“Problems with gas supply arose because of the sanctions imposed on our country by Western states, including Germany and Britain,” Peskov said on Monday.
Western intelligence officials have viewed the move as just the latest salvo in Russia’s attempts to weaponize the energy supply and foment political instability.
“Drive up energy prices and sap the domestic support generally, then drive them up further and piss people off enough to create some major political problems,” one US official said in summarizing the general theory. “Oil and natural gas are [Putin’s] hammer.”
The threat of political instability, which US and EU officials view as ripe for foment by right-wing elements across Europe, has long been acknowledged as a threat, but rarely talked about openly. That has changed.
“A few weeks like this and the European economy will just go into a full stop,” Belgium’s Prime Minister Alexander De Croo said in a Bloomberg interview this week. “The risk of that is de-industrialization and severe risk of fundamental social unrest.”
US officials have been working relentlessly to try to prevent that from happening, with President Biden making it a top priority, sources told CNN. As a result, the nearly year-long effort to redirect gas supplies to Europe and reduce its dependency on Russia has helped to rapidly fill storage capacity, redirect orders and infrastructure, and identify policy options and technology to increase efficiency and reduce usage.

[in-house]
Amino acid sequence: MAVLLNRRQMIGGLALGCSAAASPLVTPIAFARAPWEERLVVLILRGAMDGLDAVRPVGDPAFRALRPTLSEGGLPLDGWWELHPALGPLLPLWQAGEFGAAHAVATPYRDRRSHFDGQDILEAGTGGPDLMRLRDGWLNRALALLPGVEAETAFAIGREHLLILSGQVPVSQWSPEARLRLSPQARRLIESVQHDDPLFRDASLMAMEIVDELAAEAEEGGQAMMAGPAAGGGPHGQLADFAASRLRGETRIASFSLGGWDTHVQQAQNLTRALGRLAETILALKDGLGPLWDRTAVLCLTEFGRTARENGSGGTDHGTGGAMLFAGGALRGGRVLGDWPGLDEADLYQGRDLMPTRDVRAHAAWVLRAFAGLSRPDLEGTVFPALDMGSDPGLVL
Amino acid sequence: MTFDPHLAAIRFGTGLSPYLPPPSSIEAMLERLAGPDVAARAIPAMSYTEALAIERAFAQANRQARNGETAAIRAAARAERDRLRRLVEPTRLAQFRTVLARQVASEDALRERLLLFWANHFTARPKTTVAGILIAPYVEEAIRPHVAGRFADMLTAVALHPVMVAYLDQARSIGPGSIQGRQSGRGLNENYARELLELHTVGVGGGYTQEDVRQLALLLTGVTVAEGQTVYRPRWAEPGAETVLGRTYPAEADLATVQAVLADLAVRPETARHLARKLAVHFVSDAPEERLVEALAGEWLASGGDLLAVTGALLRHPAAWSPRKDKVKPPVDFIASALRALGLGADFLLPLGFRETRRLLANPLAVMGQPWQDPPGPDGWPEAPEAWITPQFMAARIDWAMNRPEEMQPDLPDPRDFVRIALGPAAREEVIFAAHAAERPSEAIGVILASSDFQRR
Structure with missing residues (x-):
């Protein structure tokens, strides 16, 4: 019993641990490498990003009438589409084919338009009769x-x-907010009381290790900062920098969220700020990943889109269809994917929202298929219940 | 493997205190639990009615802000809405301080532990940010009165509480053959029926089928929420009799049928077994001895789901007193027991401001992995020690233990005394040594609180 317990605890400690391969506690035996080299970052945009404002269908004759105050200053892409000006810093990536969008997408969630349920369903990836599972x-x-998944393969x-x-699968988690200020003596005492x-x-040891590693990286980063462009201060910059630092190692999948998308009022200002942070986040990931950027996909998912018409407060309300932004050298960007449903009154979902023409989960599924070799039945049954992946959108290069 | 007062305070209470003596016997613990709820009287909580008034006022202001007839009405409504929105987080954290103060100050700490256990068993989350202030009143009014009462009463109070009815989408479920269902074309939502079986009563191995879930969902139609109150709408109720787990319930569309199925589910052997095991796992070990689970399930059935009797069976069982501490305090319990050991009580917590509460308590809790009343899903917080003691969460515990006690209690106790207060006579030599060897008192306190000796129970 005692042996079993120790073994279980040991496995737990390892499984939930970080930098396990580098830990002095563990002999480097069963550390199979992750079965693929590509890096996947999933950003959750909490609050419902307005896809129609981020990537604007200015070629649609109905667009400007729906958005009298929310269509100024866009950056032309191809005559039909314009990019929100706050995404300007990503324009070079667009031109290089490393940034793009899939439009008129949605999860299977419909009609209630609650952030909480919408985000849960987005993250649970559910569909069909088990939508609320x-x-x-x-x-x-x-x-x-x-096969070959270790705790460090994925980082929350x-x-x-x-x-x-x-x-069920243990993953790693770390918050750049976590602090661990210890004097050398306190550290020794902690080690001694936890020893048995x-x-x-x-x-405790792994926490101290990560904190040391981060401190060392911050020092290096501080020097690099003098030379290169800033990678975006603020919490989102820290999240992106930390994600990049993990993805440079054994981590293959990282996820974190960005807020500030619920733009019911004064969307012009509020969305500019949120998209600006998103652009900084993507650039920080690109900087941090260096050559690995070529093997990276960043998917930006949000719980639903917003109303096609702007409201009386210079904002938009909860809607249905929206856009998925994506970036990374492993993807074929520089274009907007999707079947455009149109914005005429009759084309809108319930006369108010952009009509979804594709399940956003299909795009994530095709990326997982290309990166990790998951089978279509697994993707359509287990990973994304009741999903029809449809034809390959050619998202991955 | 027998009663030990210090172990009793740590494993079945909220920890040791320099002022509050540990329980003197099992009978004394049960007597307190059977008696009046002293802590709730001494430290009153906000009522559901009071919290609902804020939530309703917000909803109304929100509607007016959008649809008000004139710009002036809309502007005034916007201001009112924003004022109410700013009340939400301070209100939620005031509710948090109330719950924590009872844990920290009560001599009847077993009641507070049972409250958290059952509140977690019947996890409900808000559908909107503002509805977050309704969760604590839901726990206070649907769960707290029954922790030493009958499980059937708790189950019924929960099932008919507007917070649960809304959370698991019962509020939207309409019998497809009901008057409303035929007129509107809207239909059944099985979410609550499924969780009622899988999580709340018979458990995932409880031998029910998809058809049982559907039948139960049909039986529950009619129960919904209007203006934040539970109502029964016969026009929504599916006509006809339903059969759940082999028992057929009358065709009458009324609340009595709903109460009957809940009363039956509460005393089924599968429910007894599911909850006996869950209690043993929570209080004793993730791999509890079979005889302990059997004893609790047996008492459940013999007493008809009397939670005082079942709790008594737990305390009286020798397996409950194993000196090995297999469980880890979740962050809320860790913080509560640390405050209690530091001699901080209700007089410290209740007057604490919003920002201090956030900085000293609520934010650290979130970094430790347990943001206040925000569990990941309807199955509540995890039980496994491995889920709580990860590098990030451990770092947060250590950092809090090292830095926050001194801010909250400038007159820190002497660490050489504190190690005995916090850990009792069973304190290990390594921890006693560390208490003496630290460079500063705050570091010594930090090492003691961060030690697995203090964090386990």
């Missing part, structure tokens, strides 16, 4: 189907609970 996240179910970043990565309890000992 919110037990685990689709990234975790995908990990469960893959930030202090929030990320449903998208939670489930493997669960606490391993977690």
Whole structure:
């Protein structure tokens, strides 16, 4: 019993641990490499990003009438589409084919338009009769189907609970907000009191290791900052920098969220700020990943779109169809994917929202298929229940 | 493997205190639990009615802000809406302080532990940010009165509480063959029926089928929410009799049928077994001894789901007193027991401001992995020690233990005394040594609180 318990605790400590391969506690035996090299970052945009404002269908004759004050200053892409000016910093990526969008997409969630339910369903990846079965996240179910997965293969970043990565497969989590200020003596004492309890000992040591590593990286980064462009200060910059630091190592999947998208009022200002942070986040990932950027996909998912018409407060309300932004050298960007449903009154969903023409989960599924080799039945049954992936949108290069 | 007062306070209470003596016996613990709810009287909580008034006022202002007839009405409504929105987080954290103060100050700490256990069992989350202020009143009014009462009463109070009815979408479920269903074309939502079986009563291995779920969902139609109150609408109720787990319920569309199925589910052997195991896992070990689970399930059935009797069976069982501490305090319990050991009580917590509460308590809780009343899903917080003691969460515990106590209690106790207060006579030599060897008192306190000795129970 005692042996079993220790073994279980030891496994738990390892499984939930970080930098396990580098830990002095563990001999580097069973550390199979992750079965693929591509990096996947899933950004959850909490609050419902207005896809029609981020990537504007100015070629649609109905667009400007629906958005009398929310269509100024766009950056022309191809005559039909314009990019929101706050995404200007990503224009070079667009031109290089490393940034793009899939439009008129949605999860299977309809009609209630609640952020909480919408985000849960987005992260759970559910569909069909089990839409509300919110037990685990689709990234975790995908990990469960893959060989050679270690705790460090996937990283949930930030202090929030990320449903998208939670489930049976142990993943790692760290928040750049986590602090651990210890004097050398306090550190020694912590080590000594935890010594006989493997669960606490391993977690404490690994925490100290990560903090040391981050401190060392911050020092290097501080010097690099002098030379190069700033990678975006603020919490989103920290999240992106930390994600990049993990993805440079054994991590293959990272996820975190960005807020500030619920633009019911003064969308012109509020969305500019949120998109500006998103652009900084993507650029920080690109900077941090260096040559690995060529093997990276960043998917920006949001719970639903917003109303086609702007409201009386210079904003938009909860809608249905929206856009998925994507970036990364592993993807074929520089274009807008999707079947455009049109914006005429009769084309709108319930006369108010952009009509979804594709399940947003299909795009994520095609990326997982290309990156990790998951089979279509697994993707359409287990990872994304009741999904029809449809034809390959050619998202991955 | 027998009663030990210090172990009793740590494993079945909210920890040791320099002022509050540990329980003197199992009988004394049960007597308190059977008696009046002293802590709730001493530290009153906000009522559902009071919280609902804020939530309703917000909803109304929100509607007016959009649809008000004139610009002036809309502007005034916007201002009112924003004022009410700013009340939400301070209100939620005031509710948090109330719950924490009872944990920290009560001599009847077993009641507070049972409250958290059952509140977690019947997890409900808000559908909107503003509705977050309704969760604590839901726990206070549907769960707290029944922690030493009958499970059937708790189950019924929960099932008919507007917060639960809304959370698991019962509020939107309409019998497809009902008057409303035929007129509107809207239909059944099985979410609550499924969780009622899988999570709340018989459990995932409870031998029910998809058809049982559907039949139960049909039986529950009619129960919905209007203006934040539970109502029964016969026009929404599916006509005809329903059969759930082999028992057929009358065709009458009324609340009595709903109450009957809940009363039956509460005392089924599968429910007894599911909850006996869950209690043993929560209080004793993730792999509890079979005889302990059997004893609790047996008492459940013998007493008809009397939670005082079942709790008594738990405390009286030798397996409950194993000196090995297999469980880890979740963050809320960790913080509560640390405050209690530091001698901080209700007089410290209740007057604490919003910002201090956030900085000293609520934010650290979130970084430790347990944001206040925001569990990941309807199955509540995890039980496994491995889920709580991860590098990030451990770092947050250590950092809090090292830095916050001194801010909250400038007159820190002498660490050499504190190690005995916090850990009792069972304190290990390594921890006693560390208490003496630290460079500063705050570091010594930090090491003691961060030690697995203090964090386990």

The effort has spanned the globe and cut across cabinet officials and agencies, closely coordinated with EU counterparts and with an emergency US-EU energy task force serving as a clearinghouse. European leaders, meanwhile, have engaged in a furious diplomatic and deal-making sprint to capitals around the globe in an urgent push to secure alternatives to the Russian energy that holds a dominant role across the continent.
It’s had a clear effect. Russian gas imports have dropped to 9% from a high of roughly 40% before the war, European Commission President Ursula von der Leyen said earlier this month. Reliance on Russian oil has also fallen precipitously.
Ultimately, however, much will likely depend on the weather, multiple US and Western officials told CNN. If it’s a mild winter, gas storage tank reserves – which have already exceeded benchmarks – may be enough to prevent widespread shortages, according to one official familiar with Western intelligence.
But that’s far from a guarantee, that person said. As EU leaders scramble to adopt new measures to freeze or cap energy prices and deploy billions in new financial assistance and liquidity, the presence of a crisis that could spill into economic calamity is palpable.
“It’s going to hurt for Europe,” this person said. “Let’s see how harsh the winter is.”